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Fed wants to avoid starting a recession, but hawkish comments are anticipated

According to a well-known economist, the Federal Reserve will make an effort to prevent the start of a recession, but the FOMC and the bank’s president are likely to make hawkish comments.

In an effort to curb record inflation, the US central bank has increased its benchmark interest rate by 375 basis points, or 3.75 percent, since March.

But the world’s largest economy is now experiencing recessionary worries as a result of its aggressive monetary tightening cycle.

“The Fed will make an effort to avoid jarring the markets more than necessary and maybe starting a recession. Despite this, since inflation is still uncomfortably high, the labor market is still tight, and conditions on the financial markets have improved through November, communication at the meeting is likely to be hawkish “Moody’s Analytics’ Martin Wurm, director of economic research, provided this information to Anadolu Agency via email.

After its two-day meeting on Wednesday, it is largely anticipated that the Fed would raise interest rates by 50 basis points. According to the FedWatch Tool provided by US-based global markets organization the Chicago Mercantile Exchange Group, the likelihood of that occurring on Tuesday was greater than 79 percent.

In a late November interview with the Brookings Institution, Chairman (Jerome) Powell emphasized that the Fed is absolutely preparing to move more slowly going forward. Financial markets anticipate the Fed will slow the rate of increase to 50 basis points (bps).

Jobs and inflation data won’t change the outcome.

The release of better-than-expected jobs data or a slowdown in consumer inflation in November, according to Wurm, won’t have an impact on the FOMC’s decision.

While the number of jobs added in October was revised up by 23,000 to 284,000, the American economy added 263,000 jobs in November, above predictions of 200,000. Fears of a larger rate hike from the Fed have been sparked by the excellent numbers from earlier this month.

Although the Dow soared more than 500 points before the opening bell on Tuesday, markets were calmed when annual consumer inflation came in at 7.1 percent in November, down from 7.7 percent in October.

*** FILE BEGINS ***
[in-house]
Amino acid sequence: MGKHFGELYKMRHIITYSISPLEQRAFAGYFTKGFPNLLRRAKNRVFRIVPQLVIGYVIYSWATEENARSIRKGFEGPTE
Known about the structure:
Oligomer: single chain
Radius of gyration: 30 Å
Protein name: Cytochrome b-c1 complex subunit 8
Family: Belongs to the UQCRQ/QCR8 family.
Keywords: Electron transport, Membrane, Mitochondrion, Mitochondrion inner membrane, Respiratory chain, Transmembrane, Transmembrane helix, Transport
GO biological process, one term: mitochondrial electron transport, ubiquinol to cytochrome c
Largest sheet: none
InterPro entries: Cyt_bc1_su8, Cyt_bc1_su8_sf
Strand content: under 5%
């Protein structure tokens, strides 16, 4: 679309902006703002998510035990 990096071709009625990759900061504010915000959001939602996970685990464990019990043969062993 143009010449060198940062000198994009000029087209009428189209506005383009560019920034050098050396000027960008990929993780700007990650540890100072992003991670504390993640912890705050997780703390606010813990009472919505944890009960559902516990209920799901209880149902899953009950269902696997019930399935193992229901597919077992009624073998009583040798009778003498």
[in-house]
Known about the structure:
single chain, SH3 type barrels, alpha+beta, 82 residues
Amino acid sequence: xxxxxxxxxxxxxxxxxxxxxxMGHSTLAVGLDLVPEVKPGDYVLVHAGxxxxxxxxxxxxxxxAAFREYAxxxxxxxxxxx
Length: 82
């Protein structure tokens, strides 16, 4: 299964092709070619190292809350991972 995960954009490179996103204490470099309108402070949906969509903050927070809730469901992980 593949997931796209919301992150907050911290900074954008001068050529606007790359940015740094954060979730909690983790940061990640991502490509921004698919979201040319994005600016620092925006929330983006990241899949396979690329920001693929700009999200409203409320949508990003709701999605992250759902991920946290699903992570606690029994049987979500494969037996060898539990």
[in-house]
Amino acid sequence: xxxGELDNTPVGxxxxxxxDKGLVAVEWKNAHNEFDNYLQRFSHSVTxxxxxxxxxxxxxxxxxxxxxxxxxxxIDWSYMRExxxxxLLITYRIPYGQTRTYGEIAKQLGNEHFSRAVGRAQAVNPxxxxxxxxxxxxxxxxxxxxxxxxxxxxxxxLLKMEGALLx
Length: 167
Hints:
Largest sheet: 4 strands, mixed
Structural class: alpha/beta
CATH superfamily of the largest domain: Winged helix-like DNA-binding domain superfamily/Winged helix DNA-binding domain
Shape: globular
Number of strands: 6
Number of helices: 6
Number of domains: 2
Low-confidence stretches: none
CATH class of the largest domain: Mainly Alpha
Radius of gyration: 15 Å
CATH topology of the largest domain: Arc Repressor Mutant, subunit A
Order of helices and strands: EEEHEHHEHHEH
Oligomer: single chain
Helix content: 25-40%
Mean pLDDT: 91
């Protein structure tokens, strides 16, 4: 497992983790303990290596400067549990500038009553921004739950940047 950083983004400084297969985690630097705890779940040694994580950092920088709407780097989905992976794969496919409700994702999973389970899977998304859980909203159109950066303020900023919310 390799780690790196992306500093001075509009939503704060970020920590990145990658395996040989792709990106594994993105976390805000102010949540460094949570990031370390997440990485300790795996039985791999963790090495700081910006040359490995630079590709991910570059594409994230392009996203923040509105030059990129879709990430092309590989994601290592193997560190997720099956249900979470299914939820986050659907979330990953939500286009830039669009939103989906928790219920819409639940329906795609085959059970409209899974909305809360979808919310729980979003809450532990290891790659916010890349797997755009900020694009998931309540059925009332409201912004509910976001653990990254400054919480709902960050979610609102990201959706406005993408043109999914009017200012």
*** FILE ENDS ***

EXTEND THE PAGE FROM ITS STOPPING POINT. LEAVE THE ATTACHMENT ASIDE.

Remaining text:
Estimated Fed terminal rate: 4.75%–5%

“As of right now, financial markets anticipate three additional rate hikes from the Fed: 50 basis points in January/February and another 25 basis points in March. With an additional 50 bps this week, 25 bps in January/February, and an additional 25 bps in March, our December baseline estimate is a little bit more bullish. As a result, our estimated terminal rate is now 4.8%, with a range of 4.75% to 5% “explained Wurm.

When the bank releases its estimates on Wednesday, investors will pay close attention to the terminal rate, which represents the highest point before the federal funds rate is reduced.

In its most recent projections announced on September 21, the FOMC increased its terminal rate estimates by over 4% for 2022 and 2023 from 3.4 percent to 4.4 percent for 2022 and from 3.8 percent to 4.6 percent for 2023.

The graphic that shows each official’s forecast for short-term interest rates, known as the Fed’s dot plot, “will be of special significance because it will show how the FOMC’s thinking about the terminal range has changed since September,” according to Wurm.

He continued, “So far, the Fed has not provided a range of projections for ‘how high’ and for ‘how long,’ simply a qualitative indication that rates will need to go higher than expected and stay high longer (than) planned.

Risks of a recession are still uncomfortably high.

According to Wurm, it seems likely that the Fed will lower its estimates for GDP growth.

The bank predicted that the American economy will expand by 0.2% this year in its most recent predictions, down from a previous growth prediction of 1.7% issued in June.

Additionally, the estimate for 2023 was reduced from an earlier prediction of 1.7 percent to 1.2 percent.

“The labor market is still strong, so the Fed is unlikely to anticipate a recession in its entirety. The Federal Reserve hopes that by lowering the high number of job postings on the US labor market, pay growth will be moderated without significantly raising the unemployment rate “said Wurm.

In its cycle of tightening, the Fed is also quite interested in wage growth, particularly if it slows.

In the December baseline, Wurm does not forecast a recession, but he does expect that growth will drop to 0.9 percent in 2023.

“But recession risks are still uncomfortably high, and we estimate that 50% of the country will experience one in the next 12 to 18 months. Rising dangers are indicated by leading recession signs like the inversion of the US Treasury yield curve since July “said he.

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